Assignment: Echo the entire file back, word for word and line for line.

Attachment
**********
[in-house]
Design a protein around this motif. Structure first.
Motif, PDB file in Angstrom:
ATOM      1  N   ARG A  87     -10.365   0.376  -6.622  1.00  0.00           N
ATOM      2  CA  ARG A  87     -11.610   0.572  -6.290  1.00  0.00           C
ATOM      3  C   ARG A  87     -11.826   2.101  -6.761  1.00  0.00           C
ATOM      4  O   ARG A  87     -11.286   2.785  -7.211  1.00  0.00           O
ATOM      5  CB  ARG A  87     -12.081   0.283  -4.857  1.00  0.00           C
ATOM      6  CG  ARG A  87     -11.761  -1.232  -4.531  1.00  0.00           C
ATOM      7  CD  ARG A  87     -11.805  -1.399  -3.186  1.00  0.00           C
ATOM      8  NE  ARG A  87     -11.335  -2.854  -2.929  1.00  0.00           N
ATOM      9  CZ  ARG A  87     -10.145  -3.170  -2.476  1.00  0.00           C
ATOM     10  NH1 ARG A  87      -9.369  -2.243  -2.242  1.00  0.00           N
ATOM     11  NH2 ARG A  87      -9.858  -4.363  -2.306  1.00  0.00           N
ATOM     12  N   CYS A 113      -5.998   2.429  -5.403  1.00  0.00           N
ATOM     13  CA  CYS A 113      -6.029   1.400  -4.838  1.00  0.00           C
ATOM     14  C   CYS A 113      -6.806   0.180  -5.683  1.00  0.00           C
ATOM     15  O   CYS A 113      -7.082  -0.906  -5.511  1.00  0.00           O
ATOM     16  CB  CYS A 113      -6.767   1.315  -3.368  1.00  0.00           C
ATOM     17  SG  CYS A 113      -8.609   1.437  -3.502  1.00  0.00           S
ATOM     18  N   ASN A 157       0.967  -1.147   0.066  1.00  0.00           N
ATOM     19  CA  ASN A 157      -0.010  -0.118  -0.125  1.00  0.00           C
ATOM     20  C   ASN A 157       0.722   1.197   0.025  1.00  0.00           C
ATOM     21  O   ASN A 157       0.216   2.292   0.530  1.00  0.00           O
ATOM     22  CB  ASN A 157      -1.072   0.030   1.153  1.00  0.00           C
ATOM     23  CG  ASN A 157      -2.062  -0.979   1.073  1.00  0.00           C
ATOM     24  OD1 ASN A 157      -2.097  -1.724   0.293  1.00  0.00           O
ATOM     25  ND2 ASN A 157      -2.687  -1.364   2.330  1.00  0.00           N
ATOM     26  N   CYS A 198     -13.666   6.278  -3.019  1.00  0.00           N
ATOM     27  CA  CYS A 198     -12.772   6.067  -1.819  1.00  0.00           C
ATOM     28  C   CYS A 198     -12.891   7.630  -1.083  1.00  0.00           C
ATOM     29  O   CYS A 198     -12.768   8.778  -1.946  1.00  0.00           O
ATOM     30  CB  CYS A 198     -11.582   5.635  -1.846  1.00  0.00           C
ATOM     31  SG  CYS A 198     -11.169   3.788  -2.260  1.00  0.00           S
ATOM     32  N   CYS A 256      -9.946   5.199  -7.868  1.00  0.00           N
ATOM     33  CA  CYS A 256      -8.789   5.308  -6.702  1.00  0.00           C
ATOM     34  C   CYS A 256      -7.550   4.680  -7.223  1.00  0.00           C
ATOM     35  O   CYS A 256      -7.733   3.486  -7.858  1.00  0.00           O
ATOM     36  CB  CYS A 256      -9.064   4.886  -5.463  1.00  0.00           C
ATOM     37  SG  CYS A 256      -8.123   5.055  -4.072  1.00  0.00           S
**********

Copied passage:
[in-house]
Design a protein around this motif. Structure first.
Motif, PDB file in Angstrom:
ATOM      1  N   ARG A  87     -10.365   0.376  -6.622  1.00  0.00           N
ATOM      2  CA  ARG A  87     -11.610   0.572  -6.290  1.00  0.00           C
ATOM      3  C   ARG A  87     -11.826   2.101  -6.761  1.00  0.00           C
ATOM      4  O   ARG A  87     -11.286   2.785  -7.211  1.00  0.00           O
ATOM      5  CB  ARG A  87     -12.081   0.283  -4.857  1.00  0.00           C
ATOM      6  CG  ARG A  87     -11.761  -1.232  -4.531  1.00  0.00           C
ATOM      7  CD  ARG A  87     -11.805  -1.399  -3.186  1.00  0.00           C
ATOM      8  NE  ARG A  87     -11.335  -2.854  -2.929  1.00  0.00           N
ATOM      9  CZ  ARG A  87     -10.145  -3.170  -2.476  1.00  0.00           C
ATOM     10  NH1 ARG A  87      -9.369  -2.243  -2.242  1.00  0.00           N
ATOM     11  NH2 ARG A  87      -9.858  -4.363  -2.306  1.00  0.00           N
ATOM     12  N   CYS A 113      -5.998   2.429  -5.403  1.00  0.00           N
ATOM     13  CA  CYS A 113      -6.029   1.400  -4.838  1.00  0.00           C
ATOM     14  C   CYS A 113      -6.806   0.180  -5.683  1.00  0.00           C
ATOM     15  O   CYS A 113      -7.082  -0.906  -5.511  1.00  0.00           O
ATOM     16  CB  CYS A 113      -6.767   1.315  -3.368  1.00  0.00           C
ATOM     17  SG  CYS A 113      -8.609   1.437  -3.502  1.00  0.00           S
ATOM     18  N   ASN A 157       0.967  -1.147   0.066  1.00  0.00           N
ATOM     19  CA  ASN A 157      -0.010  -0.118  -0.125  1.00  0.00           C
ATOM     20  C   ASN A 157       0.722   1.197   0.025  1.00  0.00           C
ATOM     21  O   ASN A 157       0.216   2.292   0.530  1.00  0.00           O
ATOM     22  CB  ASN A 157      -1.072   0.030   1.153  1.00  0.00           C
ATOM     23  CG  ASN A 157      -2.062  -0.979   1.073  1.00  0.00           C
ATOM     24  OD1 ASN A 157      -2.097  -1.724   0.293  1.00  0.00           O
ATOM     25  ND2 ASN A 157      -2.687  -1.364   2.330  1.00  0.00           N
ATOM     26  N   CYS A 198     -13.666   6.278  -3.019  1.00  0.00           N
ATOM     27  CA  CYS A 198     -12.772   6.067  -1.819  1.00  0.00           C
ATOM     28  C   CYS A 198     -12.891   7.630  -1.083  1.00  0.00           C
ATOM     29  O   CYS A 198     -12.768   8.778  -1.946  1.00  0.00           O
ATOM     30  CB  CYS A 198     -11.582   5.635  -1.846  1.00  0.00           C
ATOM     31  SG  CYS A 198     -11.169   3.788  -2.260  1.00  0.00           S
ATOM     32  N   CYS A 256      -9.946   5.199  -7.868  1.00  0.00           N
ATOM     33  CA  CYS A 256      -8.789   5.308  -6.702  1.00  0.00           C
ATOM     34  C   CYS A 256      -7.550   4.680  -7.223  1.00  0.00           C
ATOM     35  O   CYS A 256      -7.733   3.486  -7.858  1.00  0.00           O
ATOM     36  CB  CYS A 256      -9.064   4.886  -5.463  1.00  0.00           C
ATOM     37  SG  CYS A 256      -8.123   5.055  -4.072  1.00  0.00           S